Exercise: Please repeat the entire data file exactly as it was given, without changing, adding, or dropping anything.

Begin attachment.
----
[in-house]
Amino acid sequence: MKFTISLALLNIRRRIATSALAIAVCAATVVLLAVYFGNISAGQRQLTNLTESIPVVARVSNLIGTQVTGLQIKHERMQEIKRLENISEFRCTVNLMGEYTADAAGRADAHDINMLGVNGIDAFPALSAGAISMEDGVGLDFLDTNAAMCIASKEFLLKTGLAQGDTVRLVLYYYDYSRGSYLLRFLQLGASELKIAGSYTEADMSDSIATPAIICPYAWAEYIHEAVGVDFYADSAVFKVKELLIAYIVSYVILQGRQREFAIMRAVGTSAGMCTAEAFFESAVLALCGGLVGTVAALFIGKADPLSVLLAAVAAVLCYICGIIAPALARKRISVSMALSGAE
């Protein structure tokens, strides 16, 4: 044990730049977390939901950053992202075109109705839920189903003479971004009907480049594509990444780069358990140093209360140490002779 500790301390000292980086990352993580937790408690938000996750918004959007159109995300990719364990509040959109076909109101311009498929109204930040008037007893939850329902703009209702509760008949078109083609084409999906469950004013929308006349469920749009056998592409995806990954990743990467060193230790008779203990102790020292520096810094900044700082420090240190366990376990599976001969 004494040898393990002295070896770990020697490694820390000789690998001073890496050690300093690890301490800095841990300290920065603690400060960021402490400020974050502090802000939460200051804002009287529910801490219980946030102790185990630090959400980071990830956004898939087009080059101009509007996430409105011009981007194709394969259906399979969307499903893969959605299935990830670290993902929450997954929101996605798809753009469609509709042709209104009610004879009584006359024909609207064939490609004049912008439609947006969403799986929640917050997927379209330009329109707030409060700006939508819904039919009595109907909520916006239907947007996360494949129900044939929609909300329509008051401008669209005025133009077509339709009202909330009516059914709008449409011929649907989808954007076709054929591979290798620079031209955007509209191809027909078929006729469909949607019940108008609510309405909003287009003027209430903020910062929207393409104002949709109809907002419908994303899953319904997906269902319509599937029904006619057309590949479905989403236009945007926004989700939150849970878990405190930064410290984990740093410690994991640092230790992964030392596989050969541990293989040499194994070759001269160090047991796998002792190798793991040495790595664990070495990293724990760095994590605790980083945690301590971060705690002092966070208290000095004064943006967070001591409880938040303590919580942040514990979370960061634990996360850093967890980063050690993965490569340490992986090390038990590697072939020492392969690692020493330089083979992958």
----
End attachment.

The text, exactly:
[in-house]
Amino acid sequence: MKFTISLALLNIRRRIATSALAIAVCAATVVLLAVYFGNISAGQRQLTNLTESIPVVARVSNLIGTQVTGLQIKHERMQEIKRLENISEFRCTVNLMGEYTADAAGRADAHDINMLGVNGIDAFPALSAGAISMEDGVGLDFLDTNAAMCIASKEFLLKTGLAQGDTVRLVLYYYDYSRGSYLLRFLQLGASELKIAGSYTEADMSDSIATPAIICPYAWAEYIHEAVGVDFYADSAVFKVKELLIAYIVSYVILQGRQREFAIMRAVGTSAGMCTAEAFFESAVLALCGGLVGTVAALFIGKADPLSVLLAAVAAVLCYICGIIAPALARKRISVSMALSGAE
């Protein structure tokens, strides 16, 4: 044990730049977390939901950053992202075109109705839920189903003479971004009907480049594509990444780069358990140093209360140490002779 500790301390000292980086990352993580937790408690938000996750918004959007159109995300990719364990509040959109076909109101311009498929109204930040008037007893939850329902703009209702509760008949078109083609084409999906469950004013929308006349469920749009056998592409995806990954990743990467060193230790008779203990102790020292520096810094900044700082420090240190366990376990599976001969 004494040898393990002295070896770990020697490694820390000789690998001073890496050690300093690890301490800095841990300290920065603690400060960021402490400020974050502090802000939460200051804002009287529910801490219980946030102790185990630090959400980071990830956004898939087009080059101009509007996430409105011009981007194709394969259906399979969307499903893969959605299935990830670290993902929450997954929101996605798809753009469609509709042709209104009610004879009584006359024909609207064939490609004049912008439609947006969403799986929640917050997927379209330009329109707030409060700006939508819904039919009595109907909520916006239907947007996360494949129900044939929609909300329509008051401008669209005025133009077509339709009202909330009516059914709008449409011929649907989808954007076709054929591979290798620079031209955007509209191809027909078929006729469909949607019940108008609510309405909003287009003027209430903020910062929207393409104002949709109809907002419908994303899953319904997906269902319509599937029904006619057309590949479905989403236009945007926004989700939150849970878990405190930064410290984990740093410690994991640092230790992964030392596989050969541990293989040499194994070759001269160090047991796998002792190798793991040495790595664990070495990293724990760095994590605790980083945690301590971060705690002092966070208290000095004064943006967070001591409880938040303590919580942040514990979370960061634990996360850093967890980063050690993965490569340490992986090390038990590697072939020492392969690692020493330089083979992958």